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This has been getting a belated reputation (I admit to being totally unfamiliar with it prior to a recommendation from a Maltese friend of mine last week!) as a sort of dry-run for one of last year's most acclaimed films, BLACK SWAN. In fact, it similarly deals with a young and beautiful ballerina whose life is inextricably altered when she applies for the starring role of the famous Tchaikovsky opus "Swan Lake" (though here everything eventually works its way to a happy ending).
While it does not go into the psychological avenues taken by Darren Aronofsky's recent effort, the film nonetheless plays out like a Kafkaesque thriller with the two protagonists (the hero is a likable fellow American who happens to stay on the same floor of her Budapest hotel) sucked in by a vortex of surreal events that literally transcends the passage of time! If anything, ETOILE also recalls Hitchcock's VERTIGO (1958) in equal measures, as ageing and crippled impresario/dancer(!) Laurent Terzieff moulds leading lady Jennifer Connelly (still in her Euro-fantasy phase that had kicked off with Dario Argento's typically elaborate PHENOMENA  and also comprised Jim Henson's kiddie film LABYRINTH ) into a prima ballerina from a past age who had perished tragically after a performance. Interestingly, 17 year-old Connelly though she is meant to be spell-bound and, thus, also unable to recognize the young man slips into the intricacies of her dual role much more easily than Natalie Portman in BLACK SWAN!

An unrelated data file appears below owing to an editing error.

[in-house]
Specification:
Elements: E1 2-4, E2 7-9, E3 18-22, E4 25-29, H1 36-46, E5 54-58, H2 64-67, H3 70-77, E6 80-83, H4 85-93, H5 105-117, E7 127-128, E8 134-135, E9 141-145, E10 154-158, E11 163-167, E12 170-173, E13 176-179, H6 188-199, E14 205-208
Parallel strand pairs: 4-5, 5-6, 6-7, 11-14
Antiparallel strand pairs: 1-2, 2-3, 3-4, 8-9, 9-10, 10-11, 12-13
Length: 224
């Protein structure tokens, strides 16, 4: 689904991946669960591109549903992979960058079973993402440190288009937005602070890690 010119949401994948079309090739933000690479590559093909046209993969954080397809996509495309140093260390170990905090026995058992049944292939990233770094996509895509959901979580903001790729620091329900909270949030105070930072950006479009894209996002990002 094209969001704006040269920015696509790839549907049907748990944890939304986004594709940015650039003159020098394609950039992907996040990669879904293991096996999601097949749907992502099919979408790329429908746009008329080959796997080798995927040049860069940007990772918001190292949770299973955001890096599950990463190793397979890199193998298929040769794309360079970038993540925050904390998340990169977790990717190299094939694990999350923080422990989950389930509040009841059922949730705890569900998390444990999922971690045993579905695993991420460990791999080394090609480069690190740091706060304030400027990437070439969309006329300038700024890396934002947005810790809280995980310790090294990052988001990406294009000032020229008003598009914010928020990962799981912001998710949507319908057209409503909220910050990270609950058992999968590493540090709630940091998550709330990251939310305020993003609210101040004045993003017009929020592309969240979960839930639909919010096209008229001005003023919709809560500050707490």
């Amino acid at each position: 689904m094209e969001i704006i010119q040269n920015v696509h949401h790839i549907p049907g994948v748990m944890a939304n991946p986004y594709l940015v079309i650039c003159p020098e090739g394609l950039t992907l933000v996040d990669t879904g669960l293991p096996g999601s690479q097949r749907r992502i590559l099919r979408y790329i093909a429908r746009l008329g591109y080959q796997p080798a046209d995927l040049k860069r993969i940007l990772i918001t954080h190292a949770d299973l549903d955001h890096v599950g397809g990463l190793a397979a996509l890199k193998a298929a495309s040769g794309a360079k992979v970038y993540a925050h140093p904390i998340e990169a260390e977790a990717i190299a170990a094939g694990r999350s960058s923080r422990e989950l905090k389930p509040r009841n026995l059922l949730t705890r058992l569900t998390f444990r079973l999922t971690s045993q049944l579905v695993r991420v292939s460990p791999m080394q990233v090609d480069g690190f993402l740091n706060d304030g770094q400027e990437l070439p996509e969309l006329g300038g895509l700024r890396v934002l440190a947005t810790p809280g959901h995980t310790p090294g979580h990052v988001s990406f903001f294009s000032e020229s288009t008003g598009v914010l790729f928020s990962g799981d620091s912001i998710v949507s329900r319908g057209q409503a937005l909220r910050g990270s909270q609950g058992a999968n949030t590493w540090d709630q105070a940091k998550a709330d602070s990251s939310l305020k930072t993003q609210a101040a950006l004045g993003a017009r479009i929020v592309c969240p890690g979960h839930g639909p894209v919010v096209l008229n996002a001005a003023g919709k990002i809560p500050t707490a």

A dilapidated country-house also plays a central part in the 're-enactment' where the male lead (whose life had until then been controlled by art-collecting uncle Charles Durning, who is himself mysteriously hypnotized at one point, gets violent towards his relative and hit by a passing car!) eventually goes to meet the evil head-on just as the Tchaikovsky ballet is being played out on stage. He has to fight with a giant black swan which, when he kills, Terzieff falls dead in mid-performance elsewhere! In the end, while hardly a lost classic, this is a reasonably interesting (and stylish) effort, regardless of the BLACK SWAN connotations which will probably be attributed to it from here on in
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